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Macbeth - Act 4, scene 2
Last updated: Fri, Jul 31, 2015
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Navigate this workMacbeth - Act 4, scene 2
Act 4, scene 2
Ross visits Lady Macduff and tries to justify to her Macduff’s flight to England, a flight that leaves his family defenseless. After Ross leaves, a messenger arrives to warn Lady Macduff to flee. Before she can do so, Macbeth’s men attack her and her son.Enter Macduff’s Wife, her Son, and Ross.
1656 What had he done to make him fly the land?
1657 You must have patience, madam.
LADY MACDUFF 1658 He had none.
1659 His flight was madness. When our actions do not,
1660 5 Our fears do make us traitors.
ROSS 1661 You know not
1662 Whether it was his wisdom or his fear.
1663 Wisdom? To leave his wife, to leave his babes,
1664 His mansion and his titles in a place
1665 10 From whence himself does fly? He loves us not;
1666 He wants the natural touch; for the poor wren,
1667 The most diminutive of birds, will fight,
1668 Her young ones in her nest, against the owl.
1669 All is the fear, and nothing is the love,
1670 15 As little is the wisdom, where the flight
1671 So runs against all reason.
ROSS 1672 My dearest coz,
1673 I pray you school yourself. But for your husband,
1674 He is noble, wise, judicious, and best knows
1675 20 The fits o’ th’ season. I dare not speak much
1677 But cruel are the times when we are traitors
1678 And do not know ourselves; when we hold rumor
1679 From what we fear, yet know not what we fear,
1680 25 But float upon a wild and violent sea
1681 Each way and move—I take my leave of you.
1682 Shall not be long but I’ll be here again.
1683 Things at the worst will cease or else climb upward
1684 To what they were before.—My pretty cousin,
1685 30 Blessing upon you.
p. 135LADY MACDUFF
1686 Fathered he is, and yet he’s fatherless.
1687 I am so much a fool, should I stay longer
1688 It would be my disgrace and your discomfort.
1689 I take my leave at once.Ross exits.
LADY MACDUFF 1690 35Sirrah, your father’s dead.
1691 And what will you do now? How will you live?
1692 As birds do, mother.
LADY MACDUFF 1693 What, with worms and flies?
1694 With what I get, I mean; and so do they.
1695 40 Poor bird, thou ’dst never fear the net nor lime,
1696 The pitfall nor the gin.
1697 Why should I, mother? Poor birds they are not set
1699 My father is not dead, for all your saying.
1700 45 Yes, he is dead. How wilt thou do for a father?
SON 1701 Nay, how will you do for a husband?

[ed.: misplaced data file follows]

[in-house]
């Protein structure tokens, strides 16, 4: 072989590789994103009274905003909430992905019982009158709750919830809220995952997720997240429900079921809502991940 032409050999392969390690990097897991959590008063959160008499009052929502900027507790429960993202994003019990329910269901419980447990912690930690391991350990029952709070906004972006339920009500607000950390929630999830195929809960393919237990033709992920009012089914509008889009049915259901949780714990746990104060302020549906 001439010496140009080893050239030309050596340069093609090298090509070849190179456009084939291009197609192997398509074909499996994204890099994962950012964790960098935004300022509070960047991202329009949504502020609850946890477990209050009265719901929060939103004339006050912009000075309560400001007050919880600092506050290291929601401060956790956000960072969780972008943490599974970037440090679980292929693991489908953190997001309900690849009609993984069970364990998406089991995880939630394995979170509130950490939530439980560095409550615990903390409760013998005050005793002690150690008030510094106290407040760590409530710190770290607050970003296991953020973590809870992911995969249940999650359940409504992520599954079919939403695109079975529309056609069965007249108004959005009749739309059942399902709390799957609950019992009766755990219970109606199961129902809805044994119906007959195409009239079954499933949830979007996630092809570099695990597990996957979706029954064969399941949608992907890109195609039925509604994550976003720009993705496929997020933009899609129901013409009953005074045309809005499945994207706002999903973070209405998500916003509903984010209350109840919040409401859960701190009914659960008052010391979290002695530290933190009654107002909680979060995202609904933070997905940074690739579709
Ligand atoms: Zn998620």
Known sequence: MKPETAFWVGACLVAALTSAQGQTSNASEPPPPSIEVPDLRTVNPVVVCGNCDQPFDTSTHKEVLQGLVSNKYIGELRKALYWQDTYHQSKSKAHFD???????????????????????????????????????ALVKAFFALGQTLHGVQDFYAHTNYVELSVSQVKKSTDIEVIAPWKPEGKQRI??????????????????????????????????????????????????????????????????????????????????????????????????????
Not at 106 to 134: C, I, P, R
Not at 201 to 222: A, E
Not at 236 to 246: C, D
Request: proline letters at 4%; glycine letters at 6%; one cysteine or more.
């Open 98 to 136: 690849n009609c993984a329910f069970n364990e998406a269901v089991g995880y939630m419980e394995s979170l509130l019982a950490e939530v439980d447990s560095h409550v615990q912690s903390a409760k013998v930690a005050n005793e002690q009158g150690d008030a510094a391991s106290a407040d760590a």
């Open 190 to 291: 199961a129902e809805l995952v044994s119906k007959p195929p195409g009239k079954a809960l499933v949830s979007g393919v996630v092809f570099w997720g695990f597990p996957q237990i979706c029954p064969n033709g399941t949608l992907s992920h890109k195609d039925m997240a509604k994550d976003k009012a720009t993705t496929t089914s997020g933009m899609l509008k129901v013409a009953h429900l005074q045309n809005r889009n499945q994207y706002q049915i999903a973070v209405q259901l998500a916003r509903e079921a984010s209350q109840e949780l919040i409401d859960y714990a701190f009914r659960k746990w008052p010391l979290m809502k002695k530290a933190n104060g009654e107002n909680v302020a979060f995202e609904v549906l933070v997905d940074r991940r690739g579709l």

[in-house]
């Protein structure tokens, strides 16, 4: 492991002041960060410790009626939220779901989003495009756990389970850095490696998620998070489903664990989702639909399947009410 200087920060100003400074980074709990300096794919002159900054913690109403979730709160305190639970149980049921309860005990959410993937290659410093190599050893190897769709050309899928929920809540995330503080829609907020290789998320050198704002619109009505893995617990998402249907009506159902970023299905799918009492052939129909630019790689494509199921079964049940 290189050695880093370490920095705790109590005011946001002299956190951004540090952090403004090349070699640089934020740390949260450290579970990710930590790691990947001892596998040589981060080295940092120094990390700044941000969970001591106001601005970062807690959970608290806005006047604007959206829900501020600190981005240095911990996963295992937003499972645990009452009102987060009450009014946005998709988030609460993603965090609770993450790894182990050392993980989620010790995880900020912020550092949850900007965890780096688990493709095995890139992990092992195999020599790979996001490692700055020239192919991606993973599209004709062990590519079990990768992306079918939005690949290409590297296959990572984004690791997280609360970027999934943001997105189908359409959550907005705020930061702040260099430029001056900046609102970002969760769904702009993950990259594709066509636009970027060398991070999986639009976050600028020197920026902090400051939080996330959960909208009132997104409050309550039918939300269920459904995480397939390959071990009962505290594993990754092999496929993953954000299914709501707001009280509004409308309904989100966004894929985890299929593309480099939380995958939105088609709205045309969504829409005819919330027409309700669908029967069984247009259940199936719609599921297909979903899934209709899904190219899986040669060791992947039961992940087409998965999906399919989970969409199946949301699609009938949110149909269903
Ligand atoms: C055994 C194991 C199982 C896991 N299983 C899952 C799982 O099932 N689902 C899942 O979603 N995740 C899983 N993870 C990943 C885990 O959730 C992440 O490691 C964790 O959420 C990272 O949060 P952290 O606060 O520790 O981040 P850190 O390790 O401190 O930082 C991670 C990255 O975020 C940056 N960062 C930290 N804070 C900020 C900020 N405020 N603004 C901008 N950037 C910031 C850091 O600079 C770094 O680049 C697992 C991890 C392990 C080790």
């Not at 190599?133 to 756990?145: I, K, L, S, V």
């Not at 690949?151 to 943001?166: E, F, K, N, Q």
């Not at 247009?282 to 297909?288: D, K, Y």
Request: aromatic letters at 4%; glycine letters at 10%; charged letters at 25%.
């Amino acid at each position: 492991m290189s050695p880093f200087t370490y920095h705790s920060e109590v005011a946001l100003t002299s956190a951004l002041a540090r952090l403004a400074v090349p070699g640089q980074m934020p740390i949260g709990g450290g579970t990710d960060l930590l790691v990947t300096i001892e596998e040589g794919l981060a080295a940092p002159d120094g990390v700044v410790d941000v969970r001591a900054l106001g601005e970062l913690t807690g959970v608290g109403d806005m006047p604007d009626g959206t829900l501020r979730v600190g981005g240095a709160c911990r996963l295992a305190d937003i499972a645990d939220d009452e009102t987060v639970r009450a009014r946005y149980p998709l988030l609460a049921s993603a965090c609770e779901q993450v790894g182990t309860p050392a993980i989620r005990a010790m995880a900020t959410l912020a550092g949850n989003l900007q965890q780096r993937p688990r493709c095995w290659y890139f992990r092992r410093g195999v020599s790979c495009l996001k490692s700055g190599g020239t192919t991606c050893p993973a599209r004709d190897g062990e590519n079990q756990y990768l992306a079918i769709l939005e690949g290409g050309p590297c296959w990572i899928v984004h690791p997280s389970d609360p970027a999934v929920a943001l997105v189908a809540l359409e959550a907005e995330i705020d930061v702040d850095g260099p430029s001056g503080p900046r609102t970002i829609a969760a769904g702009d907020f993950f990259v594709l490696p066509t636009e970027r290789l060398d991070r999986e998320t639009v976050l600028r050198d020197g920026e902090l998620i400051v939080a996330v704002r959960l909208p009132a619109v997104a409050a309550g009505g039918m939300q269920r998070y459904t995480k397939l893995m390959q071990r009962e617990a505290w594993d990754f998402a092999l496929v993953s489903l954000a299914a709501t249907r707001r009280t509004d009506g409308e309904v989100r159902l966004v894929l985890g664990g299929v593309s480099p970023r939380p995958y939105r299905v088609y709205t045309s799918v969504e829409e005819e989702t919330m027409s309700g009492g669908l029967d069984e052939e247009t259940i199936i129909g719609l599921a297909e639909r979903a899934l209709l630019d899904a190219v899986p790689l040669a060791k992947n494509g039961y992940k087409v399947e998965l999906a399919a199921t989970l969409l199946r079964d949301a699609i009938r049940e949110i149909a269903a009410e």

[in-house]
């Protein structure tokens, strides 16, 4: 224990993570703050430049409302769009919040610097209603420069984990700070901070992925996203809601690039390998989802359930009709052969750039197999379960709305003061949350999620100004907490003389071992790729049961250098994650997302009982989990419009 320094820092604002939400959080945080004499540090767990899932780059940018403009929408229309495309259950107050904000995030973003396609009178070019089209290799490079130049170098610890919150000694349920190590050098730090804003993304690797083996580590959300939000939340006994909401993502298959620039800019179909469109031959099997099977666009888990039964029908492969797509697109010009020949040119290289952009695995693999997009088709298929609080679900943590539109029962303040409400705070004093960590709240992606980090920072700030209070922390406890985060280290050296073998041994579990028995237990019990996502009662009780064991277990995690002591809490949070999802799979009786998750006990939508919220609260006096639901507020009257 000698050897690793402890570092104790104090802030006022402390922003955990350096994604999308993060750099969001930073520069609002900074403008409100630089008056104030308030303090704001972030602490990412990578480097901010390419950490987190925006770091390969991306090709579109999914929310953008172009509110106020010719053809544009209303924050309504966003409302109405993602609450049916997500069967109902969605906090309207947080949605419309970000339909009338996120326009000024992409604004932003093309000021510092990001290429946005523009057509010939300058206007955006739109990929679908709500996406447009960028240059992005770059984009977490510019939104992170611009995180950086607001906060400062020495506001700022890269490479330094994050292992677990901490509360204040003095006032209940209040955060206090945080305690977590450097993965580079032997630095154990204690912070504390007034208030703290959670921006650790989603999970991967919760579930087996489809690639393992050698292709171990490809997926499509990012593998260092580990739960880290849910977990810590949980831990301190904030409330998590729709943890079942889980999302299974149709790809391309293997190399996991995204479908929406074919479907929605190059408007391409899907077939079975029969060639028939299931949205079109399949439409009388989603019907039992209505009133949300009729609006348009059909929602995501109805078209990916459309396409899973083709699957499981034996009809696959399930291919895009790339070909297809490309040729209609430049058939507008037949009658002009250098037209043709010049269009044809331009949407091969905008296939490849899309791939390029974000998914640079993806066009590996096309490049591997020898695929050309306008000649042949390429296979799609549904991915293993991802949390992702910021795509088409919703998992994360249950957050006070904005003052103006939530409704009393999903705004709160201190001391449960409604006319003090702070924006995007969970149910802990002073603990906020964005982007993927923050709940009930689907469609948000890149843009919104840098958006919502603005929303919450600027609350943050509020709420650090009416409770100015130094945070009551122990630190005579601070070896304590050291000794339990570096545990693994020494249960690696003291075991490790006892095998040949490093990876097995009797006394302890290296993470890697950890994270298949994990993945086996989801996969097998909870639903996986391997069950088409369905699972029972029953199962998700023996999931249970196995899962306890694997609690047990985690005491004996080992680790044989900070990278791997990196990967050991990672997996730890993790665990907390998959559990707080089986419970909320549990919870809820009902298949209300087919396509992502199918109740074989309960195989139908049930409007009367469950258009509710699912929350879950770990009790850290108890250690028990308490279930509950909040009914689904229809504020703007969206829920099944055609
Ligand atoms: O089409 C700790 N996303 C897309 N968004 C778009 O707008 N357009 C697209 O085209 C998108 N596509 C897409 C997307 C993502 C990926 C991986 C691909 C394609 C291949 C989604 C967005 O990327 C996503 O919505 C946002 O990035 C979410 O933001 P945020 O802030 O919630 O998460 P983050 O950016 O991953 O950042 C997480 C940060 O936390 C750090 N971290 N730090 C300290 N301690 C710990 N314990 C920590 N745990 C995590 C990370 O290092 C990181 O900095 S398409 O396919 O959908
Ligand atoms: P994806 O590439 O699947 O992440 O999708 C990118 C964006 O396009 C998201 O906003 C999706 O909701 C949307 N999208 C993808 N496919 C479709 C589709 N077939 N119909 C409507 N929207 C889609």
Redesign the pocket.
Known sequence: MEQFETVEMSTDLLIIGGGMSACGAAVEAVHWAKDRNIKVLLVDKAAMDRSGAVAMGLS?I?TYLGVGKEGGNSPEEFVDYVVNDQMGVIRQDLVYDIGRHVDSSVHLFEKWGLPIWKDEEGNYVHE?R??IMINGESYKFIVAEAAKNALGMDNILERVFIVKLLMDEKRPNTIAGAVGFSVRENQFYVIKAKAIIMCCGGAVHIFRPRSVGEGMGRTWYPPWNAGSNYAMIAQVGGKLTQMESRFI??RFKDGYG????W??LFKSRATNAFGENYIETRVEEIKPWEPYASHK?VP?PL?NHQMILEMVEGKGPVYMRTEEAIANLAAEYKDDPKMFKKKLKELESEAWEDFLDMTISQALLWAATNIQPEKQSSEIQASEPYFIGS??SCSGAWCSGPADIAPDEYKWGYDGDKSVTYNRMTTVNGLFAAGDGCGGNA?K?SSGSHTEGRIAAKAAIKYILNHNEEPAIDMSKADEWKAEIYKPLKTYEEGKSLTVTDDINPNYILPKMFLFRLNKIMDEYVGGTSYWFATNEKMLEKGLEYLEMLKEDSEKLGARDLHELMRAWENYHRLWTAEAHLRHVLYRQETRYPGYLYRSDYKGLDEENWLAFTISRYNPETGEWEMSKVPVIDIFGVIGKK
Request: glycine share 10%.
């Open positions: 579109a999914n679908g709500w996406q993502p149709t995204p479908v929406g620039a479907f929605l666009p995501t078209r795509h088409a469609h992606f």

1702 Why, I can buy me twenty at any market.
SON 1703 Then you’ll buy ’em to sell again.
LADY MACDUFF 1704 Thou speak’st with all thy wit,
1705 50 And yet, i’ faith, with wit enough for thee.
SON 1706 Was my father a traitor, mother?
LADY MACDUFF 1707 Ay, that he was.
SON 1708 What is a traitor?
LADY MACDUFF 1709 Why, one that swears and lies.
SON 1710 55And be all traitors that do so?
LADY MACDUFF 1711 Every one that does so is a traitor
1712 and must be hanged.
SON 1713 And must they all be hanged that swear and lie?
p. 137LADY MACDUFF 1714 Every one.
SON 1715 60Who must hang them?
LADY MACDUFF 1716 Why, the honest men.
SON 1717 Then the liars and swearers are fools, for there
1718 are liars and swearers enough to beat the honest
1719 men and hang up them.
LADY MACDUFF 1720 65Now God help thee, poor monkey! But
1721 how wilt thou do for a father?
SON 1722 If he were dead, you’d weep for him. If you would
1723 not, it were a good sign that I should quickly have a
1724 new father.
LADY MACDUFF 1725 70Poor prattler, how thou talk’st!
Enter a Messenger.
1726 Bless you, fair dame. I am not to you known,
1727 Though in your state of honor I am perfect.
1728 I doubt some danger does approach you nearly.
1729 If you will take a homely man’s advice,
1730 75 Be not found here. Hence with your little ones!
1731 To fright you thus methinks I am too savage;
1732 To do worse to you were fell cruelty,
1733 Which is too nigh your person. Heaven preserve
1735 80 I dare abide no longer.Messenger exits.
LADY MACDUFF 1736 Whither should I fly?
1737 I have done no harm. But I remember now
1738 I am in this earthly world, where to do harm
1739 Is often laudable, to do good sometime
1740 85 Accounted dangerous folly. Why then, alas,
1741 Do I put up that womanly defense
1742 To say I have done no harm?
1743 What are these faces?
MURDERER 1744 Where is your husband?
p. 139LADY MACDUFF
1745 90 I hope in no place so unsanctified
1746 Where such as thou mayst find him.
MURDERER 1747 He’s a traitor.
1748 Thou liest, thou shag-eared villain!
MURDERER 1749 What, you egg?
1750 95 ⌜Stabbing him.⌝ Young fry of treachery!
SON 1751 He has killed
1752 me, mother.
1753 Run away, I pray you.
⌜Lady Macduff⌝ exits, crying “Murder!” ⌜followed by the
Murderers bearing the Son’s body.⌝